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April 3, 2017 | by  | in Politics |
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The Party Line

Last week, investigative journalists Jon Stephenson and Nicky Hager released Hit and Run, which claims that a 2010 raid organised and lead by the New Zealand SAS in Afghanistan resulted in the death of six civilians and the injury of 15. The book turns the spotlight back onto the deployment of New Zealand Defence Force (NZDF) personnel to Afghanistan in 2001. Should NZDF personnel have been deployed?

 

Greens at Vic

The Greens at Vic wholeheartedly reject the notion that New Zealand had a necessary part to play as combatants in the illegitimate war in Afghanistan. Hager and Stephenson’s allegations showcase the sickening consequences of warfare motivated by racist imperialism and capitalist values. The Green Party is committed to nonviolence and by extension the Greens at Vic would support a full inquiry into the alleged war crimes and subsequent rejections of wrongdoing by NZDF personnel and government ministers.

— Kayden Briskie

 

Young Nats — Lower North Island

The Young Nats stand behind and support the decision to deploy NZDF personnel to Afghanistan.

The initial decision of 2001 was a non-partisan one, gaining support across Parliament, spearheaded by Labour and backed by National. This, preceded by a UN resolution supporting intervention in Afghanistan, provides the moral and legal justification for the NZDF deployment.

On the operational side, there are a list of successes achieved under the NZDF’s deployment. To name a few: 341 schools were built under NZ’s watch in Bamiyan (up from three under Taliban rule), 3000 police officers were trained, the first National Police Women’s committee was set up, health clinics were built across the province, and over 200 infrastructure projects were supported by New Zealand.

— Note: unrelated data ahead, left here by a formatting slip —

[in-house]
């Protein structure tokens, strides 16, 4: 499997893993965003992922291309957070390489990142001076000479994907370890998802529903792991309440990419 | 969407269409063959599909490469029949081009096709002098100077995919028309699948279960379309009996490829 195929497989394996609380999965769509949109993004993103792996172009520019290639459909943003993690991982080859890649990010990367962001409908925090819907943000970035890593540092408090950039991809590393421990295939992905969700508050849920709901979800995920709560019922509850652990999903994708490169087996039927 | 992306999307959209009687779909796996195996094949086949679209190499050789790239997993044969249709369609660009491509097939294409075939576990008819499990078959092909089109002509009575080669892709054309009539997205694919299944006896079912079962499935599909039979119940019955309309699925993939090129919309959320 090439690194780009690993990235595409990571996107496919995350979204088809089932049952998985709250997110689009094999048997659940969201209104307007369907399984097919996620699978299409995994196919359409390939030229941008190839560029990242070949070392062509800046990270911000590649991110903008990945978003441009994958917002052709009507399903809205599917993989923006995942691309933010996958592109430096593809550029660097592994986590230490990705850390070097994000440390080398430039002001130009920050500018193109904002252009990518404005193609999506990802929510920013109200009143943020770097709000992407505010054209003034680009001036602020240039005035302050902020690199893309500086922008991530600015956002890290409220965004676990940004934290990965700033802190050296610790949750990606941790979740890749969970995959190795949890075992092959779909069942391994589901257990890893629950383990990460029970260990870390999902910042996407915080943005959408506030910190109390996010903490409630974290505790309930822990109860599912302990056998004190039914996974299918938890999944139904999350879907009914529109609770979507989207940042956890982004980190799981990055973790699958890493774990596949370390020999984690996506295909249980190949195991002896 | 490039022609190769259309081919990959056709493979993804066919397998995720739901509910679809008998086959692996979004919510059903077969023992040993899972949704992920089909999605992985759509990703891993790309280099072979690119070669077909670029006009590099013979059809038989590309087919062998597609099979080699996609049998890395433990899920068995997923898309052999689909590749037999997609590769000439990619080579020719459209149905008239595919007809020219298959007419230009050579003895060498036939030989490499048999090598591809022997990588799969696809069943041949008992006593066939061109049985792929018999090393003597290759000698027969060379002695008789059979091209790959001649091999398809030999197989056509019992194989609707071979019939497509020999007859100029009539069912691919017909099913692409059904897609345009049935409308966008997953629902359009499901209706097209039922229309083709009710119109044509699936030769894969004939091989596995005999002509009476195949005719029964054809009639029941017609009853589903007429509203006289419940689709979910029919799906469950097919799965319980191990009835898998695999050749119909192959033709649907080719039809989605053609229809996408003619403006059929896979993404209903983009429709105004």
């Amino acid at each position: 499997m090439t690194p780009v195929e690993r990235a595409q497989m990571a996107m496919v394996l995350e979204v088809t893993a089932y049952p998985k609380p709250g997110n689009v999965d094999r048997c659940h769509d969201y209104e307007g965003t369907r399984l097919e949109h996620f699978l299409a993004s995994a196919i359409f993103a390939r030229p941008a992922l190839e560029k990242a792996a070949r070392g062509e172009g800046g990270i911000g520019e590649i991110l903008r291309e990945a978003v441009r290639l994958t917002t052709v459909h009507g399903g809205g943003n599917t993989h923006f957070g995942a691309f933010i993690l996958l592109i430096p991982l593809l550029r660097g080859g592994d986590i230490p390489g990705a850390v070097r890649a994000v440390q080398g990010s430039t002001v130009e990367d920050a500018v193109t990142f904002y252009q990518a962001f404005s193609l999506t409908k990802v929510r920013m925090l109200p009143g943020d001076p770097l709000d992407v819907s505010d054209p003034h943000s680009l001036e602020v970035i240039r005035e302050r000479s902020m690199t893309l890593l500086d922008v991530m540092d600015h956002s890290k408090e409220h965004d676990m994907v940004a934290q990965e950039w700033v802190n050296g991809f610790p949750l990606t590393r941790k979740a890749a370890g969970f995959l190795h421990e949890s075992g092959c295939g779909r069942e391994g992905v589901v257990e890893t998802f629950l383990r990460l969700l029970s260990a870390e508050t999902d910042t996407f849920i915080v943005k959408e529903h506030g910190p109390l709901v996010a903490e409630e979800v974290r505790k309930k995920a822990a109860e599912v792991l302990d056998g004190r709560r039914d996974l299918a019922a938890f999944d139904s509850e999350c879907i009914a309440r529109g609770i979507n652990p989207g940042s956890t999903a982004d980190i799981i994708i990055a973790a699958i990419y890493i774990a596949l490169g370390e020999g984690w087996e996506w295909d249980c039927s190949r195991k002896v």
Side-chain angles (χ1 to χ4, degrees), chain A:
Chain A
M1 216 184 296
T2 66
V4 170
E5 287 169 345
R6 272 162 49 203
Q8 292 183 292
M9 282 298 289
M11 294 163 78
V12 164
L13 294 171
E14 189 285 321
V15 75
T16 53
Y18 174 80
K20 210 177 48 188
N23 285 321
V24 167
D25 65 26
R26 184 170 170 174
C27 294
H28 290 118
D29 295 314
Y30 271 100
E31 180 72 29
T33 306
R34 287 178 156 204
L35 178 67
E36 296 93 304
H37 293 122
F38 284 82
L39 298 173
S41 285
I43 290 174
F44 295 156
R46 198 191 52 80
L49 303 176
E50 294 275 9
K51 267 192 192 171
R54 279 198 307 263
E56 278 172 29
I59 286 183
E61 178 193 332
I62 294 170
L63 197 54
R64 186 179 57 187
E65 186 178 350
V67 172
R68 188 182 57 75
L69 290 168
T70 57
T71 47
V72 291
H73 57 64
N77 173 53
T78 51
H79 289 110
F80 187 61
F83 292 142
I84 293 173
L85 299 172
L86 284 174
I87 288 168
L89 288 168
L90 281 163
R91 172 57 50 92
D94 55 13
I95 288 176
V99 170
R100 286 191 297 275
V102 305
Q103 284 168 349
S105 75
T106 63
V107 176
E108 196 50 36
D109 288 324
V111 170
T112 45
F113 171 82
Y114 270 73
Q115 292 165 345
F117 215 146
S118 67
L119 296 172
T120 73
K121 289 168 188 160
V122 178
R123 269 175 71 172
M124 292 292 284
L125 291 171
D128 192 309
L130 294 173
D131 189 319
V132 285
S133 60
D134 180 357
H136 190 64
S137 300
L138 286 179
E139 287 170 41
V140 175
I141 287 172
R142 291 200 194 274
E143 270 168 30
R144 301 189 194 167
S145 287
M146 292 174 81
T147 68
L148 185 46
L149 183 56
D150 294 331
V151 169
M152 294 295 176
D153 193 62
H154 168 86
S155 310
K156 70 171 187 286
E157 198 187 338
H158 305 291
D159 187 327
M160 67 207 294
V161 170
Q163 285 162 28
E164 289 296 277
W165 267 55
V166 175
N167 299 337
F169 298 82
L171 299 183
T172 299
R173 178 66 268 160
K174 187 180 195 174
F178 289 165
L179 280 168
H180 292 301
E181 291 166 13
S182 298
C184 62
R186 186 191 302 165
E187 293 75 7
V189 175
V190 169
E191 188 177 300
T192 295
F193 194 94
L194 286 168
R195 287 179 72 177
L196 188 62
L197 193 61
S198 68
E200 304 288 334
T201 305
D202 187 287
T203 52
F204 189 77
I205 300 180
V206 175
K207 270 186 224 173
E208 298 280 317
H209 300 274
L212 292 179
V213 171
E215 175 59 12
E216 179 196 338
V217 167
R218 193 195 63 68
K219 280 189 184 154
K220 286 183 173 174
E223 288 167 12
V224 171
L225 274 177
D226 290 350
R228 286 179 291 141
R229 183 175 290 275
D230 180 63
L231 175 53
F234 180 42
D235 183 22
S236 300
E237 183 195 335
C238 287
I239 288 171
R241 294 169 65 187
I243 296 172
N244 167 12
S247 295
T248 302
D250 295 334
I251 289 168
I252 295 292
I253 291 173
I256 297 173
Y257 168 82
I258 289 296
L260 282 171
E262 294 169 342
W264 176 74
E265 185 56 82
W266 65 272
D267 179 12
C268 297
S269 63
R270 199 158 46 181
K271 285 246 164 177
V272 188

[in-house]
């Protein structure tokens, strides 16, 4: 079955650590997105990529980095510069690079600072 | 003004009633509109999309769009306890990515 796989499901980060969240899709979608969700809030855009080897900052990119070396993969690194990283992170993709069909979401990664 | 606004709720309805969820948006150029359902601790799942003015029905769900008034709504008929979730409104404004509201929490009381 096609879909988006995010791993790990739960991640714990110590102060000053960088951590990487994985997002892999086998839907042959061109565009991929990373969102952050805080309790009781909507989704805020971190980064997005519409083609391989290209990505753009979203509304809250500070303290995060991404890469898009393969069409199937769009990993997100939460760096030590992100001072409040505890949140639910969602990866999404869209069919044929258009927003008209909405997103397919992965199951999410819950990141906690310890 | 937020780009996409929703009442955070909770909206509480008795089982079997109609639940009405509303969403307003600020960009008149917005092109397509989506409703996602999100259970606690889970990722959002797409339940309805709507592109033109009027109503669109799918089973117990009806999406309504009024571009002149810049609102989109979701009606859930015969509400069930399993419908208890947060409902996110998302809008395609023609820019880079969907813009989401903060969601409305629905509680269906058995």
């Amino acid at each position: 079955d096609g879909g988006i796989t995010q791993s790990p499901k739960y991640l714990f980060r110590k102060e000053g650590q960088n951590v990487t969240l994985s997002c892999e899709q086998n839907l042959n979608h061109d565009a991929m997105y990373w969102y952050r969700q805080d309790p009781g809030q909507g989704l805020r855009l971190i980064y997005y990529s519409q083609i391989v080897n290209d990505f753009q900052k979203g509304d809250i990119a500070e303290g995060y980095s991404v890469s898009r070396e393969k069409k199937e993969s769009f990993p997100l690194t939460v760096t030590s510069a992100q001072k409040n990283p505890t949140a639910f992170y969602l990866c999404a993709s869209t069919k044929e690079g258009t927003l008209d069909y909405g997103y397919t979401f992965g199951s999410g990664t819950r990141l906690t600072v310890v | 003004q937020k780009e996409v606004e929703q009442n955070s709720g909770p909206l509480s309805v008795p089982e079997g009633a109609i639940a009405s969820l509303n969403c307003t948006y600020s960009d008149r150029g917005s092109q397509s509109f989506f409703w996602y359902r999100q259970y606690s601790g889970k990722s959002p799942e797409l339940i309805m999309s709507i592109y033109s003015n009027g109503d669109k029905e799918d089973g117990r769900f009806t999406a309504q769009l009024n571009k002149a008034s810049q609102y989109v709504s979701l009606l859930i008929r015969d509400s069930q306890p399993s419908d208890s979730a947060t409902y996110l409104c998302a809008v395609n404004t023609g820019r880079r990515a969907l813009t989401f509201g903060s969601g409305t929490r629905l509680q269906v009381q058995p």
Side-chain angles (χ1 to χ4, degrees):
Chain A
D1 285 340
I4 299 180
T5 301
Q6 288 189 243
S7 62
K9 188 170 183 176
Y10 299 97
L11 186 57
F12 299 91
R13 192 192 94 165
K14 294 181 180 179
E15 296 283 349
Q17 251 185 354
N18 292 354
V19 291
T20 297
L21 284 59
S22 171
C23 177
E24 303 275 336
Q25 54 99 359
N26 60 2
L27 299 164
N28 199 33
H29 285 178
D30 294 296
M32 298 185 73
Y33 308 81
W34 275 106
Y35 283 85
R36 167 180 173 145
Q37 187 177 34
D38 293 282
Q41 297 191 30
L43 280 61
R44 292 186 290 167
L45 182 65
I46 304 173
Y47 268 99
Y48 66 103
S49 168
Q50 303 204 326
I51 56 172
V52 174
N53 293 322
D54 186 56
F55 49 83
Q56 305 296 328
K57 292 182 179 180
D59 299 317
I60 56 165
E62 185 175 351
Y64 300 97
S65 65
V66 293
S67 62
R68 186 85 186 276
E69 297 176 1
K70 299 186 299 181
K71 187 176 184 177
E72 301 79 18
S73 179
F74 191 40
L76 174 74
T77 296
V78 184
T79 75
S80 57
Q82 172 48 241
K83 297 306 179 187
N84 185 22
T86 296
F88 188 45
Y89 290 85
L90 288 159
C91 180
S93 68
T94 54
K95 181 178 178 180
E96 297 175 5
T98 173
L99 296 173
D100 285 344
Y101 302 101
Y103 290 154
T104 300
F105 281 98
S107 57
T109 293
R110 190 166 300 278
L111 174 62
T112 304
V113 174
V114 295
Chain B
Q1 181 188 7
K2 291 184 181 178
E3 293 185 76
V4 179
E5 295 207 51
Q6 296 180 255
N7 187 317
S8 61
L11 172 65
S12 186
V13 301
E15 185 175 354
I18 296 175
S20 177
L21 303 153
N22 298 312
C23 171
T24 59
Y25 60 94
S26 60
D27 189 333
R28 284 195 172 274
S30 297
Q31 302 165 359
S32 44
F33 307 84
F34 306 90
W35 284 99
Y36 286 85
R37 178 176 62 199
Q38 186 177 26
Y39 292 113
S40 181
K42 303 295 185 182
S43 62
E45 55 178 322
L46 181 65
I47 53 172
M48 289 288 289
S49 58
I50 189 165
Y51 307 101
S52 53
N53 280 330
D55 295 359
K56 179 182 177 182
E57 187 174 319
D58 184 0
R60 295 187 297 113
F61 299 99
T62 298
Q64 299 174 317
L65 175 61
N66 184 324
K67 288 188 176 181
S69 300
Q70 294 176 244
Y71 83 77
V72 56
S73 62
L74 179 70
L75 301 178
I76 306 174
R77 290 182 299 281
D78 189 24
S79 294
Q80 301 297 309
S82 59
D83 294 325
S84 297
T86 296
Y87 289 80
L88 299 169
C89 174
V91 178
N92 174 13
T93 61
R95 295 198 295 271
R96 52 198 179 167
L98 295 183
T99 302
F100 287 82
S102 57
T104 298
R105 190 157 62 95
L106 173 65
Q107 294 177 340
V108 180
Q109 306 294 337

The Young Nats are proud of the work the NZDF have achieved in their deployment to Afghanistan and see this as a simple non-partisan issue. We’re proud to stand up and be counted.

— Sam Stead

 

Vic Labour

The allegations outlined in Hit and Run around possible Afghan civilian deaths are highly concerning if proved true. An independent investigation is needed to provide some transparency. No one wants the allegations to be true.

However these claims need to be looked at, if for no other reason than to reassure the public that our SAS is not covering up civilian casualties. The statements from the NZDF on the civilian casualties since the book’s release contradict what they have said in the past. There is confusion and contradiction over the operation, which desperately needs to be cleared up by an independent investigator.

The NZDF are our highly professional defence force and when things go wrong, they should be held to the highest standard — even more than any other arm of government considering their armed role. Any indication of a cover-up is worrying and any credible claim of one should be investigated.

 

If you are a representative of a youth political group and wish to participate in this section, please email editor@salient.org.nz.

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About the Author ()

Salient is a magazine. Salient is a website. Salient is an institution founded in 1938 to cater to the whim and fancy of students of Victoria University. We are partly funded by VUWSA and partly by gold bullion that was discovered under a pile of old Salients from the 40's. Salient welcomes your participation in debate on all the issues that we present to you, and if you're a student of Victoria University then you're more than welcome to drop in and have tea and scones with the contributors of this little rag in our little hideaway that overlooks Wellington.

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